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Back and Forth Osmosis Desalination

Use forward osmosis power, to drive reverse osmosis
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In the United States, sewage is required to be purified to high standandards before it can be released back into the environment. Furthermore, no matter how much it's purified, it may not be used as drinking water... however, nothing prevents purified wastewater from being used as a power source to generate drinking water from seawater.

How would this work? Simple:

Build a desalination plant directly next to a wastewater treatment plant, and send the purified wastewater to the desalination plant.

Use a pump to pressurize seawater, and send it through a reverse osmosis device.

The freshwater produced is of course drinkable, as it came from a natural source (the sea).

Then, pass that high pressure brine that's left over through a forward osmosis device, with wastewater being pumped in as the source of "fresh" water. This increases the volume of the saltwater, without decreasing it's pressure.

Pass the now dilute saltwater through a turbine, to generate energy to drive the pump that pressurizes the seawater, and to drive the pump which pressurizes the wastewater.

If the plant creates a smaller volume of freshwater, than the volume of wastewater that it consumes, it should be possible for the system to generate more power than it requires.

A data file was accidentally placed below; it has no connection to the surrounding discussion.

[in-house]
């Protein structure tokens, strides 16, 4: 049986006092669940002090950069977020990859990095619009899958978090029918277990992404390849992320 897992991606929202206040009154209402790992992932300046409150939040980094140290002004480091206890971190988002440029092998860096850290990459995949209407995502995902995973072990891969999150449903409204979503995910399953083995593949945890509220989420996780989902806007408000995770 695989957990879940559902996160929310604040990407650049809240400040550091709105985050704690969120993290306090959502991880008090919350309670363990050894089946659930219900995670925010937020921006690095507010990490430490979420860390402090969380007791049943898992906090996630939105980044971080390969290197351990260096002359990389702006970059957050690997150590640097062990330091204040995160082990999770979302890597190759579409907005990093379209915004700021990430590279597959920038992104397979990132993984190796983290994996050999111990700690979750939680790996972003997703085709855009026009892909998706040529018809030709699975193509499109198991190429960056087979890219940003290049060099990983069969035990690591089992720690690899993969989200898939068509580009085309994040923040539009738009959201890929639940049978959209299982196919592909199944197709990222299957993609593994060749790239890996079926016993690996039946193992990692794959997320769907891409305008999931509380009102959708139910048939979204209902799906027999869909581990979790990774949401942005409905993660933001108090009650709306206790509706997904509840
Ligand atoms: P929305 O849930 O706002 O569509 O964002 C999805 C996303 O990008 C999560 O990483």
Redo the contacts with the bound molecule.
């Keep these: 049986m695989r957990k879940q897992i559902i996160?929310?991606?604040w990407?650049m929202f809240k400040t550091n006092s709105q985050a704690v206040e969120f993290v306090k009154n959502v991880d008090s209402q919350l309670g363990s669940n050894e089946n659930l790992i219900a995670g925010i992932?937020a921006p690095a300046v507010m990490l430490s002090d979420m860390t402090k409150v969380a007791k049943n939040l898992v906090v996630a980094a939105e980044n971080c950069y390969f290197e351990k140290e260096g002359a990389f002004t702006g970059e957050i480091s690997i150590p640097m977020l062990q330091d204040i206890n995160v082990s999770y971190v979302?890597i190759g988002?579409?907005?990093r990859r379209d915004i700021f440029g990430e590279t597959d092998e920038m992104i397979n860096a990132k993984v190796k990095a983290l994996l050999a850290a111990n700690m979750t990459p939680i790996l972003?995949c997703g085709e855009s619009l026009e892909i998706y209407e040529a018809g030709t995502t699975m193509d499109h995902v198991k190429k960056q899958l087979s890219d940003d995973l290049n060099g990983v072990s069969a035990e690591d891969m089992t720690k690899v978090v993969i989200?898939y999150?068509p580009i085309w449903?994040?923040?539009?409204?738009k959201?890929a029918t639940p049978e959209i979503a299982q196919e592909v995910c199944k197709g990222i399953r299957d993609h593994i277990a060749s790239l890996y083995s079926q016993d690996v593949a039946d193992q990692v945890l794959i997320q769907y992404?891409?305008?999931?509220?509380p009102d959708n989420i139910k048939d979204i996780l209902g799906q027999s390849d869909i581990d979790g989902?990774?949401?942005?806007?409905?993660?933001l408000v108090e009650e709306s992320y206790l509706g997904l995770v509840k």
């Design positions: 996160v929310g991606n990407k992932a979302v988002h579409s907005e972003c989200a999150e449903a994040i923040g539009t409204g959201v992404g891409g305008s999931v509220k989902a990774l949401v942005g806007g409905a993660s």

goldbb, Jul 22 2009

Osmotic Power http://en.wikipedia.../wiki/Osmotic_power
[goldbb, Jul 22 2009]

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       Not a perpetual energy device. It is powered by the osmotic potential difference between the relatively hypotonic (dilute solutes) waste water and the relatively hypertonic seawater.
spidermother, Jul 23 2009
  

       This idea to use wastewater to treat brine is a good idea - brine is a toxic effluent but could be diluted to seawater salinity using treated wastewater.   

       I do not understand how the volume of a quantity of fluid can be changed without changing the pressure it is under. At constant pressure the brine will not take up any free water, because that is why it is at that pressure in the first place - to squeeze the free water out. Lowering the pressure will of course permit ingress of free water. I am not sure there is any energy to be gained except for tiny enthalpy type amounts.
bungston, Jul 23 2009
  

       The treated wastewater would of course need to be pressurized to force it into the brine. This will of course require *some* energy, but not a lot.   

       More importantly, as the treated wastewater moves through the membrane into the brine, it's pressure will increase due to the osmotic potential difference.
goldbb, Jul 23 2009
  
      
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